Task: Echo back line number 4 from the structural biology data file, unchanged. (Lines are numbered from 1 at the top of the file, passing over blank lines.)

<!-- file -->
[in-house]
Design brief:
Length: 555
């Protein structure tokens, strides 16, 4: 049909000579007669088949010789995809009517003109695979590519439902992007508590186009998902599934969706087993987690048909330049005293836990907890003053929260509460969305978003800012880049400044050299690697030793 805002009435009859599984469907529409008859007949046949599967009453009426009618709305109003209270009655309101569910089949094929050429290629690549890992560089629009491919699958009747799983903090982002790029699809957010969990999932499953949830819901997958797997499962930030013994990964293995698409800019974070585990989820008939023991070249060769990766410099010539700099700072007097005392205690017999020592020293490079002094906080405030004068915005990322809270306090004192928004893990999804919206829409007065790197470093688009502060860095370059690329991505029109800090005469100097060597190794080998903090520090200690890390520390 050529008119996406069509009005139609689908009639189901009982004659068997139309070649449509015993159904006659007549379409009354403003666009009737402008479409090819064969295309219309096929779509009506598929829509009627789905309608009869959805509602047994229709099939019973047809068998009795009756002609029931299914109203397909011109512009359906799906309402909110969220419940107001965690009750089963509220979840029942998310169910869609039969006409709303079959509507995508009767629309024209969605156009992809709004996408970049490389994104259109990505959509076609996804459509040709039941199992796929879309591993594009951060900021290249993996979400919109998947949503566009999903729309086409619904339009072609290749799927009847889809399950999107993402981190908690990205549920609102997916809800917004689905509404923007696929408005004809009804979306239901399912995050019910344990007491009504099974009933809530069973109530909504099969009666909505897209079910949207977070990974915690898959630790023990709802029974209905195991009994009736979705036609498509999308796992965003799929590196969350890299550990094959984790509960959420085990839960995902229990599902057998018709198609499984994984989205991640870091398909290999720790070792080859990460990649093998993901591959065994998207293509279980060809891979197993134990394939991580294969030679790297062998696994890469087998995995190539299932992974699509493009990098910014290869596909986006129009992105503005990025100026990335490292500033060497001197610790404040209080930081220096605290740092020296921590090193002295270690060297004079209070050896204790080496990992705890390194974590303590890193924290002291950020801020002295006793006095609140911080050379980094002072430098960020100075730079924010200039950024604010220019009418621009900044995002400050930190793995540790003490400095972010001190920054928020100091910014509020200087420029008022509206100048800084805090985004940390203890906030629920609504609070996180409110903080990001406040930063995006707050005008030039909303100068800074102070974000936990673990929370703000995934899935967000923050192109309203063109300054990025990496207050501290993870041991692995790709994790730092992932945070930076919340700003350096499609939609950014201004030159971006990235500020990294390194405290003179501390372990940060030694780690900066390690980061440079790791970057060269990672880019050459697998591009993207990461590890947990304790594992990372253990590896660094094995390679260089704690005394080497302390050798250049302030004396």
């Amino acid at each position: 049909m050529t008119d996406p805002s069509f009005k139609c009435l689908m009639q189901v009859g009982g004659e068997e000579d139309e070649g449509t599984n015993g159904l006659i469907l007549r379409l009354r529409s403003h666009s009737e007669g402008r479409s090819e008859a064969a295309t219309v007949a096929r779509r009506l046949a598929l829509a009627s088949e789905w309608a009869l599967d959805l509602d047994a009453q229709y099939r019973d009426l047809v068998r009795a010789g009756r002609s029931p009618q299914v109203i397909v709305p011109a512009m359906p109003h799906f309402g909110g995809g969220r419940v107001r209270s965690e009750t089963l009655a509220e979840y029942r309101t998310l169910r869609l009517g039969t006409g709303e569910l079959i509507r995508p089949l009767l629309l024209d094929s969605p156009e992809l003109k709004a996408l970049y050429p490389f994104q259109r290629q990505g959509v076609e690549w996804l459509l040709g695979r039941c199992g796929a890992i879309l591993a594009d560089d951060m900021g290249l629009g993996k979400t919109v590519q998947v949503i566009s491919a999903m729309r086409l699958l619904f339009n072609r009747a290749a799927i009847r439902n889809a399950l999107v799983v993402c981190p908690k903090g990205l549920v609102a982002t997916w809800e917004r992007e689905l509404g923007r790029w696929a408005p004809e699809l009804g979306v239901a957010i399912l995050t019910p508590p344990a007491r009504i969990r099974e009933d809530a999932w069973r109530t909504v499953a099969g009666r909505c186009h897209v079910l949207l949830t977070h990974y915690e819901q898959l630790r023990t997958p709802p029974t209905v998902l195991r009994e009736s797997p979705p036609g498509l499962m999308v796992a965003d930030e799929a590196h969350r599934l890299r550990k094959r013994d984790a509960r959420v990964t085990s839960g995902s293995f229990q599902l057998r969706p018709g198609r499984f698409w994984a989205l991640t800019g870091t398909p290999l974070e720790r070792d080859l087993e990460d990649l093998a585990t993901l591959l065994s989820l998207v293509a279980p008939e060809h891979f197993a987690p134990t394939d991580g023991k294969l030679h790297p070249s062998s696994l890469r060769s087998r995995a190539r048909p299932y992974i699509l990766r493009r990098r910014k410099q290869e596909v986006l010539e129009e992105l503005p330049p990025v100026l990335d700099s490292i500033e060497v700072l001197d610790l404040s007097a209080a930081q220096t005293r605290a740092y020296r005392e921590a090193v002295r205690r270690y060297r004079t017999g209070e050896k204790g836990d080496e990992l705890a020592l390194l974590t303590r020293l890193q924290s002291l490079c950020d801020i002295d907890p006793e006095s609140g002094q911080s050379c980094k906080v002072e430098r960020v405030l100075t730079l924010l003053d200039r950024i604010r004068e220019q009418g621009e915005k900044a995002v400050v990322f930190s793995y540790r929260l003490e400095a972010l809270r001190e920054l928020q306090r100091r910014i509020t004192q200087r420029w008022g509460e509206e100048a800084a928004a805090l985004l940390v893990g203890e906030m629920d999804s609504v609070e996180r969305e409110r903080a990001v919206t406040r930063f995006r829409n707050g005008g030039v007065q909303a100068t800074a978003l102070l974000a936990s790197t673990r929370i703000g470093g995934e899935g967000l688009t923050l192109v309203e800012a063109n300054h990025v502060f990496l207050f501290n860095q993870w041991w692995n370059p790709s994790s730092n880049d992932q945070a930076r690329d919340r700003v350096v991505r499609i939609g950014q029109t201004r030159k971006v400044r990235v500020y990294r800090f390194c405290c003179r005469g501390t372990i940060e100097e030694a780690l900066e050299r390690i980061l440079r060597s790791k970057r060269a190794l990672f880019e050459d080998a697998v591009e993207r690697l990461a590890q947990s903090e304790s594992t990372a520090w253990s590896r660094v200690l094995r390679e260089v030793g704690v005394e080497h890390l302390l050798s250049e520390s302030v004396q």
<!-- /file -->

């Protein structure tokens, strides 16, 4: 049909000579007669088949010789995809009517003109695979590519439902992007508590186009998902599934969706087993987690048909330049005293836990907890003053929260509460969305978003800012880049400044050299690697030793 805002009435009859599984469907529409008859007949046949599967009453009426009618709305109003209270009655309101569910089949094929050429290629690549890992560089629009491919699958009747799983903090982002790029699809957010969990999932499953949830819901997958797997499962930030013994990964293995698409800019974070585990989820008939023991070249060769990766410099010539700099700072007097005392205690017999020592020293490079002094906080405030004068915005990322809270306090004192928004893990999804919206829409007065790197470093688009502060860095370059690329991505029109800090005469100097060597190794080998903090520090200690890390520390 050529008119996406069509009005139609689908009639189901009982004659068997139309070649449509015993159904006659007549379409009354403003666009009737402008479409090819064969295309219309096929779509009506598929829509009627789905309608009869959805509602047994229709099939019973047809068998009795009756002609029931299914109203397909011109512009359906799906309402909110969220419940107001965690009750089963509220979840029942998310169910869609039969006409709303079959509507995508009767629309024209969605156009992809709004996408970049490389994104259109990505959509076609996804459509040709039941199992796929879309591993594009951060900021290249993996979400919109998947949503566009999903729309086409619904339009072609290749799927009847889809399950999107993402981190908690990205549920609102997916809800917004689905509404923007696929408005004809009804979306239901399912995050019910344990007491009504099974009933809530069973109530909504099969009666909505897209079910949207977070990974915690898959630790023990709802029974209905195991009994009736979705036609498509999308796992965003799929590196969350890299550990094959984790509960959420085990839960995902229990599902057998018709198609499984994984989205991640870091398909290999720790070792080859990460990649093998993901591959065994998207293509279980060809891979197993134990394939991580294969030679790297062998696994890469087998995995190539299932992974699509493009990098910014290869596909986006129009992105503005990025100026990335490292500033060497001197610790404040209080930081220096605290740092020296921590090193002295270690060297004079209070050896204790080496990992705890390194974590303590890193924290002291950020801020002295006793006095609140911080050379980094002072430098960020100075730079924010200039950024604010220019009418621009900044995002400050930190793995540790003490400095972010001190920054928020100091910014509020200087420029008022509206100048800084805090985004940390203890906030629920609504609070996180409110903080990001406040930063995006707050005008030039909303100068800074102070974000936990673990929370703000995934899935967000923050192109309203063109300054990025990496207050501290993870041991692995790709994790730092992932945070930076919340700003350096499609939609950014201004030159971006990235500020990294390194405290003179501390372990940060030694780690900066390690980061440079790791970057060269990672880019050459697998591009993207990461590890947990304790594992990372253990590896660094094995390679260089704690005394080497302390050798250049302030004396």